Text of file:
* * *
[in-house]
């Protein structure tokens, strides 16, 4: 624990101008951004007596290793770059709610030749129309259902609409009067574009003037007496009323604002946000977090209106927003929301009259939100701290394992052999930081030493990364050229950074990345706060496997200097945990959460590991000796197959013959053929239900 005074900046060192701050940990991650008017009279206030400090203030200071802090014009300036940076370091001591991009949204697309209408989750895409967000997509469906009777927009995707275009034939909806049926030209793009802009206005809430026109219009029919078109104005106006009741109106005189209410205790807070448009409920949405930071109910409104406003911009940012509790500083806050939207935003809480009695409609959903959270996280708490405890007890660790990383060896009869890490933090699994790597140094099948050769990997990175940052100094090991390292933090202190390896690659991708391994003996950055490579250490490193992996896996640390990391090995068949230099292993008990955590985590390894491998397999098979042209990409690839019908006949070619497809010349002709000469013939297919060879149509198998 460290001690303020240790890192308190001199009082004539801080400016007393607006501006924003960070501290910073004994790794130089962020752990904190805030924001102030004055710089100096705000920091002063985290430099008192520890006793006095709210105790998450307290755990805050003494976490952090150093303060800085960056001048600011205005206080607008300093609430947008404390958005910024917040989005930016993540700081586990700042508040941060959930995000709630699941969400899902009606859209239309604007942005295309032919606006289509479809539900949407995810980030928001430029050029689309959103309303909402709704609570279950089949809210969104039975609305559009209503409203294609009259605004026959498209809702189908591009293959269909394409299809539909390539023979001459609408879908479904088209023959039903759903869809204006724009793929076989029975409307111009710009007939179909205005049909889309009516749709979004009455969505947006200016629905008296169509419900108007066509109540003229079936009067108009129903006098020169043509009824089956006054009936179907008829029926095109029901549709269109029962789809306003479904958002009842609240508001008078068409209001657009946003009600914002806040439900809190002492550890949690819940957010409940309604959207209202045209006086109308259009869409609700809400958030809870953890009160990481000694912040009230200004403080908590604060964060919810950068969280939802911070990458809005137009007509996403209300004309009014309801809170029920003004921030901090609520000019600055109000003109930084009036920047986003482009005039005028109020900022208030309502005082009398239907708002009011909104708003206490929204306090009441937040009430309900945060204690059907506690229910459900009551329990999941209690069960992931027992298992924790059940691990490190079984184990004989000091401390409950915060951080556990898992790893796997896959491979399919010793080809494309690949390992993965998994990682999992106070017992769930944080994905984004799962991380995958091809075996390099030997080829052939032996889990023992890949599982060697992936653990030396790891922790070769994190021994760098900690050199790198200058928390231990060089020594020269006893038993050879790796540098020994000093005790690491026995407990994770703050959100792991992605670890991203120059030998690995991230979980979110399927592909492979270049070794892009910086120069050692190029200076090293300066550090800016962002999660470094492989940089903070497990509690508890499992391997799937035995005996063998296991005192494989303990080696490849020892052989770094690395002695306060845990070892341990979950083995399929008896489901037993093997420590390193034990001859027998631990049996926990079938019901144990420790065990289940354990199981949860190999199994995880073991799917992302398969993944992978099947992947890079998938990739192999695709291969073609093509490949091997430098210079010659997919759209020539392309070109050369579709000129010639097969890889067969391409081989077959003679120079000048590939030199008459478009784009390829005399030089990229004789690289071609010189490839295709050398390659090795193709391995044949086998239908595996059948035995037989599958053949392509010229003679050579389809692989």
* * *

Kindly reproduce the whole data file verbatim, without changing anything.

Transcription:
[in-house]
């Protein structure tokens, strides 16, 4: 624990101008951004007596290793770059709610030749129309259902609409009067574009003037007496009323604002946000977090209106927003929301009259939100701290394992052999930081030493990364050229950074990345706060496997200097945990959460590991000796197959013959053929239900 005074900046060192701050940990991650008017009279206030400090203030200071802090014009300036940076370091001591991009949204697309209408989750895409967000997509469906009777927009995707275009034939909806049926030209793009802009206005809430026109219009029919078109104005106006009741109106005189209410205790807070448009409920949405930071109910409104406003911009940012509790500083806050939207935003809480009695409609959903959270996280708490405890007890660790990383060896009869890490933090699994790597140094099948050769990997990175940052100094090991390292933090202190390896690659991708391994003996950055490579250490490193992996896996640390990391090995068949230099292993008990955590985590390894491998397999098979042209990409690839019908006949070619497809010349002709000469013939297919060879149509198998 460290001690303020240790890192308190001199009082004539801080400016007393607006501006924003960070501290910073004994790794130089962020752990904190805030924001102030004055710089100096705000920091002063985290430099008192520890006793006095709210105790998450307290755990805050003494976490952090150093303060800085960056001048600011205005206080607008300093609430947008404390958005910024917040989005930016993540700081586990700042508040941060959930995000709630699941969400899902009606859209239309604007942005295309032919606006289509479809539900949407995810980030928001430029050029689309959103309303909402709704609570279950089949809210969104039975609305559009209503409203294609009259605004026959498209809702189908591009293959269909394409299809539909390539023979001459609408879908479904088209023959039903759903869809204006724009793929076989029975409307111009710009007939179909205005049909889309009516749709979004009455969505947006200016629905008296169509419900108007066509109540003229079936009067108009129903006098020169043509009824089956006054009936179907008829029926095109029901549709269109029962789809306003479904958002009842609240508001008078068409209001657009946003009600914002806040439900809190002492550890949690819940957010409940309604959207209202045209006086109308259009869409609700809400958030809870953890009160990481000694912040009230200004403080908590604060964060919810950068969280939802911070990458809005137009007509996403209300004309009014309801809170029920003004921030901090609520000019600055109000003109930084009036920047986003482009005039005028109020900022208030309502005082009398239907708002009011909104708003206490929204306090009441937040009430309900945060204690059907506690229910459900009551329990999941209690069960992931027992298992924790059940691990490190079984184990004989000091401390409950915060951080556990898992790893796997896959491979399919010793080809494309690949390992993965998994990682999992106070017992769930944080994905984004799962991380995958091809075996390099030997080829052939032996889990023992890949599982060697992936653990030396790891922790070769994190021994760098900690050199790198200058928390231990060089020594020269006893038993050879790796540098020994000093005790690491026995407990994770703050959100792991992605670890991203120059030998690995991230979980979110399927592909492979270049070794892009910086120069050692190029200076090293300066550090800016962002999660470094492989940089903070497990509690508890499992391997799937035995005996063998296991005192494989303990080696490849020892052989770094690395002695306060845990070892341990979950083995399929008896489901037993093997420590390193034990001859027998631990049996926990079938019901144990420790065990289940354990199981949860190999199994995880073991799917992302398969993944992978099947992947890079998938990739192999695709291969073609093509490949091997430098210079010659997919759209020539392309070109050369579709000129010639097969890889067969391409081989077959003679120079000048590939030199008459478009784009390829005399030089990229004789690289071609010189490839295709050398390659090795193709391995044949086998239908595996059948035995037989599958053949392509010229003679050579389809692989």